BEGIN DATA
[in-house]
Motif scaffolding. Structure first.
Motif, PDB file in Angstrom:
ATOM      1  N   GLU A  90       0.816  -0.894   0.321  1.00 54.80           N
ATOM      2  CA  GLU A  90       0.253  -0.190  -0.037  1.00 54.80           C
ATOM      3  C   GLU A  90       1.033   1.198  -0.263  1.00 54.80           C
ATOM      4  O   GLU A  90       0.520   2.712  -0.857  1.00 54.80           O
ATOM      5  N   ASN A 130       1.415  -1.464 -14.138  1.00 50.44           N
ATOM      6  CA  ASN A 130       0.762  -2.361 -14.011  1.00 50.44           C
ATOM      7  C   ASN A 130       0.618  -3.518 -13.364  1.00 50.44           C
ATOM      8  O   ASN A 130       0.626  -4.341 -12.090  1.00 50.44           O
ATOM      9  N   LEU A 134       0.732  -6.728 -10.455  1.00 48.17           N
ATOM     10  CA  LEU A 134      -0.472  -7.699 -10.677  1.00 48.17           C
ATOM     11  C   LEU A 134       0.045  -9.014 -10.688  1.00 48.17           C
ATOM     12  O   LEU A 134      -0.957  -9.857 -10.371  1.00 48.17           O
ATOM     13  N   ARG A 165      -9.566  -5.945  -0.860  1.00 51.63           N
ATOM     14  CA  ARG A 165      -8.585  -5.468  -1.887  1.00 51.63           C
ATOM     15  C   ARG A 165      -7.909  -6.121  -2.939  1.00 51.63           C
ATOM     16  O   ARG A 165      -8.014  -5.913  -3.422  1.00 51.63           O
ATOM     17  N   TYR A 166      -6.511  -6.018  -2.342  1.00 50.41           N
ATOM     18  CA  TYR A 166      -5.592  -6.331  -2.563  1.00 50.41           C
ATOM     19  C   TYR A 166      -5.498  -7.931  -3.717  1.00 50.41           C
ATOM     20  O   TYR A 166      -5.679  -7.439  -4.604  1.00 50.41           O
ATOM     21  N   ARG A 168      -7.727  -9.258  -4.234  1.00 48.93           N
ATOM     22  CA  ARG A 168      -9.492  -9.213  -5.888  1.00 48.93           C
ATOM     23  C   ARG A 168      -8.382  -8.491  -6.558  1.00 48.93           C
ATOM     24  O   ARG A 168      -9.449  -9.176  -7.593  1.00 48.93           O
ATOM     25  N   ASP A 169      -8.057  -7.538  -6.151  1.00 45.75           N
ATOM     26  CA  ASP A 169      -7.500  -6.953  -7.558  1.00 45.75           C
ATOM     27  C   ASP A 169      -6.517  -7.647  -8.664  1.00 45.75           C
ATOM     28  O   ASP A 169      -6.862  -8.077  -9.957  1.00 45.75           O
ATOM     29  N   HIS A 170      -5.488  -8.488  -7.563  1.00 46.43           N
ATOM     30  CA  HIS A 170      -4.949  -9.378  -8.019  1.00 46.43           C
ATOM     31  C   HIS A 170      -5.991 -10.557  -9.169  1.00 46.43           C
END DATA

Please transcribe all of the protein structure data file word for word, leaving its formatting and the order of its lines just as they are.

[in-house]
Motif scaffolding. Structure first.
Motif, PDB file in Angstrom:
ATOM      1  N   GLU A  90       0.816  -0.894   0.321  1.00 54.80           N
ATOM      2  CA  GLU A  90       0.253  -0.190  -0.037  1.00 54.80           C
ATOM      3  C   GLU A  90       1.033   1.198  -0.263  1.00 54.80           C
ATOM      4  O   GLU A  90       0.520   2.712  -0.857  1.00 54.80           O
ATOM      5  N   ASN A 130       1.415  -1.464 -14.138  1.00 50.44           N
ATOM      6  CA  ASN A 130       0.762  -2.361 -14.011  1.00 50.44           C
ATOM      7  C   ASN A 130       0.618  -3.518 -13.364  1.00 50.44           C
ATOM      8  O   ASN A 130       0.626  -4.341 -12.090  1.00 50.44           O
ATOM      9  N   LEU A 134       0.732  -6.728 -10.455  1.00 48.17           N
ATOM     10  CA  LEU A 134      -0.472  -7.699 -10.677  1.00 48.17           C
ATOM     11  C   LEU A 134       0.045  -9.014 -10.688  1.00 48.17           C
ATOM     12  O   LEU A 134      -0.957  -9.857 -10.371  1.00 48.17           O
ATOM     13  N   ARG A 165      -9.566  -5.945  -0.860  1.00 51.63           N
ATOM     14  CA  ARG A 165      -8.585  -5.468  -1.887  1.00 51.63           C
ATOM     15  C   ARG A 165      -7.909  -6.121  -2.939  1.00 51.63           C
ATOM     16  O   ARG A 165      -8.014  -5.913  -3.422  1.00 51.63           O
ATOM     17  N   TYR A 166      -6.511  -6.018  -2.342  1.00 50.41           N
ATOM     18  CA  TYR A 166      -5.592  -6.331  -2.563  1.00 50.41           C
ATOM     19  C   TYR A 166      -5.498  -7.931  -3.717  1.00 50.41           C
ATOM     20  O   TYR A 166      -5.679  -7.439  -4.604  1.00 50.41           O
ATOM     21  N   ARG A 168      -7.727  -9.258  -4.234  1.00 48.93           N
ATOM     22  CA  ARG A 168      -9.492  -9.213  -5.888  1.00 48.93           C
ATOM     23  C   ARG A 168      -8.382  -8.491  -6.558  1.00 48.93           C
ATOM     24  O   ARG A 168      -9.449  -9.176  -7.593  1.00 48.93           O
ATOM     25  N   ASP A 169      -8.057  -7.538  -6.151  1.00 45.75           N
ATOM     26  CA  ASP A 169      -7.500  -6.953  -7.558  1.00 45.75           C
ATOM     27  C   ASP A 169      -6.517  -7.647  -8.664  1.00 45.75           C
ATOM     28  O   ASP A 169      -6.862  -8.077  -9.957  1.00 45.75           O
ATOM     29  N   HIS A 170      -5.488  -8.488  -7.563  1.00 46.43           N
ATOM     30  CA  HIS A 170      -4.949  -9.378  -8.019  1.00 46.43           C
ATOM     31  C   HIS A 170      -5.991 -10.557  -9.169  1.00 46.43           C